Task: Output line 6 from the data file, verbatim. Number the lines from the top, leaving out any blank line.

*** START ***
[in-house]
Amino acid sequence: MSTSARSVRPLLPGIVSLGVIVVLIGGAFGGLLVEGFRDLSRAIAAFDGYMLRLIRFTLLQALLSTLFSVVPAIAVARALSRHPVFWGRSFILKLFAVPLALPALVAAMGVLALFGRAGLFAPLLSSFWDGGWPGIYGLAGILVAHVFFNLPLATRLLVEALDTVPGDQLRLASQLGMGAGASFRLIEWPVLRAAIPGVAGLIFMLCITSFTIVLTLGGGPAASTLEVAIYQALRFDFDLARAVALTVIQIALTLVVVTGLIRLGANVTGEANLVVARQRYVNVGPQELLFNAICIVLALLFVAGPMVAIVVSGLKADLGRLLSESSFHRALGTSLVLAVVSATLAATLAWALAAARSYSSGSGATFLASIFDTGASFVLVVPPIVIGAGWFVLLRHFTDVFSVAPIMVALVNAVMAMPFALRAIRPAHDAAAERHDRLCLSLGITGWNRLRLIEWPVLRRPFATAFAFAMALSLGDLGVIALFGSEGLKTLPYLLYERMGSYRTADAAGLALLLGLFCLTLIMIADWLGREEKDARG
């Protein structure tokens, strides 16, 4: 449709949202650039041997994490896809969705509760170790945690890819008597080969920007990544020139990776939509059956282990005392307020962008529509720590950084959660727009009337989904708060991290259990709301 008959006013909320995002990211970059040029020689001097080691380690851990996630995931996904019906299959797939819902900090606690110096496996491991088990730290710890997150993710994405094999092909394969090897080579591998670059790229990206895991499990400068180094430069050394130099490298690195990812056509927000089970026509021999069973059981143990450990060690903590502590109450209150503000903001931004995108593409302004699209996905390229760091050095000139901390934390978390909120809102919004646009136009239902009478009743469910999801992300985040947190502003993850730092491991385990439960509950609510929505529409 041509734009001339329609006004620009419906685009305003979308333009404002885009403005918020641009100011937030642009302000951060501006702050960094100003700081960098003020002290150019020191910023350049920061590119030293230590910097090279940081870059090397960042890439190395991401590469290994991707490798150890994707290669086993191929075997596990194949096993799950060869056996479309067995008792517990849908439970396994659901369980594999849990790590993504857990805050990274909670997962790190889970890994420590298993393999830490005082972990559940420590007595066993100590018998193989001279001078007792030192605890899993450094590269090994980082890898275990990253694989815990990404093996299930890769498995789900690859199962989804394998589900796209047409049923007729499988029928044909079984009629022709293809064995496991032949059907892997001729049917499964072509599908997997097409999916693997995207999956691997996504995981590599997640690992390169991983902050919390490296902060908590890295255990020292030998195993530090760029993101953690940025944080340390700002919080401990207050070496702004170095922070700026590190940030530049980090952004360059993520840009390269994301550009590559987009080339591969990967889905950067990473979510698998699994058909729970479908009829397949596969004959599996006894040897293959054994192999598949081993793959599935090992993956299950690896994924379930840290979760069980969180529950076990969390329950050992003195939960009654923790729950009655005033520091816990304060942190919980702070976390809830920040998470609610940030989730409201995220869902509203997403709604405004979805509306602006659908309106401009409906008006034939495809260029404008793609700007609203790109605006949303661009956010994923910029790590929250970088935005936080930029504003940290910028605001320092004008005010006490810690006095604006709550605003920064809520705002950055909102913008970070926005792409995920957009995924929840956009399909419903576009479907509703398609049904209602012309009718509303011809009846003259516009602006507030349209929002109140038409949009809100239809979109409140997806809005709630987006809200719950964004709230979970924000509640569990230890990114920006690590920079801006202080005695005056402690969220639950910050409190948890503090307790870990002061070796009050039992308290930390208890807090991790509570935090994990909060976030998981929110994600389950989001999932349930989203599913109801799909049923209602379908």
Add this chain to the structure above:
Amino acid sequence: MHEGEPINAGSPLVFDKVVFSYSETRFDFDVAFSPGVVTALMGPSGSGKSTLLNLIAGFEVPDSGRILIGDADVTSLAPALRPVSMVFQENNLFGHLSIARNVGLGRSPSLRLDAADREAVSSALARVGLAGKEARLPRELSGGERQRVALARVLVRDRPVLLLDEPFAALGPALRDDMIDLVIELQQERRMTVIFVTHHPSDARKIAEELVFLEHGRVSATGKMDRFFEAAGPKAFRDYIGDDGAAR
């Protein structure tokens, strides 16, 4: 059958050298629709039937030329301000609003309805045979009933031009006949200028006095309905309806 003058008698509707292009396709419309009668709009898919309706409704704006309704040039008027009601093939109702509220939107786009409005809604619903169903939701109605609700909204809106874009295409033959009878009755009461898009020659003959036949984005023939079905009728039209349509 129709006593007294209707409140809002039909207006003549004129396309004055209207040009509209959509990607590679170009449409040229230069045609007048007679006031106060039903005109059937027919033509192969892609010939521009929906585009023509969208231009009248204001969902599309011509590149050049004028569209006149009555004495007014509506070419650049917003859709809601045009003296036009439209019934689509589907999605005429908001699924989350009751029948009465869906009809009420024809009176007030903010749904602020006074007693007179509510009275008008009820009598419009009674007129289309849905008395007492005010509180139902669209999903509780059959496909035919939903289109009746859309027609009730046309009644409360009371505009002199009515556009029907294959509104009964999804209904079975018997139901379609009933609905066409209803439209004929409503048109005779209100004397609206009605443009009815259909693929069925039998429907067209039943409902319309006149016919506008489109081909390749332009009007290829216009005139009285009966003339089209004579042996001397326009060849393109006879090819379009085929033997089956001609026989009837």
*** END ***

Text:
């Protein structure tokens, strides 16, 4: 059958050298629709039937030329301000609003309805045979009933031009006949200028006095309905309806 003058008698509707292009396709419309009668709009898919309706409704704006309704040039008027009601093939109702509220939107786009409005809604619903169903939701109605609700909204809106874009295409033959009878009755009461898009020659003959036949984005023939079905009728039209349509 129709006593007294209707409140809002039909207006003549004129396309004055209207040009509209959509990607590679170009449409040229230069045609007048007679006031106060039903005109059937027919033509192969892609010939521009929906585009023509969208231009009248204001969902599309011509590149050049004028569209006149009555004495007014509506070419650049917003859709809601045009003296036009439209019934689509589907999605005429908001699924989350009751029948009465869906009809009420024809009176007030903010749904602020006074007693007179509510009275008008009820009598419009009674007129289309849905008395007492005010509180139902669209999903509780059959496909035919939903289109009746859309027609009730046309009644409360009371505009002199009515556009029907294959509104009964999804209904079975018997139901379609009933609905066409209803439209004929409503048109005779209100004397609206009605443009009815259909693929069925039998429907067209039943409902319309006149016919506008489109081909390749332009009007290829216009005139009285009966003339089209004579042996001397326009060849393109006879090819379009085929033997089956001609026989009837």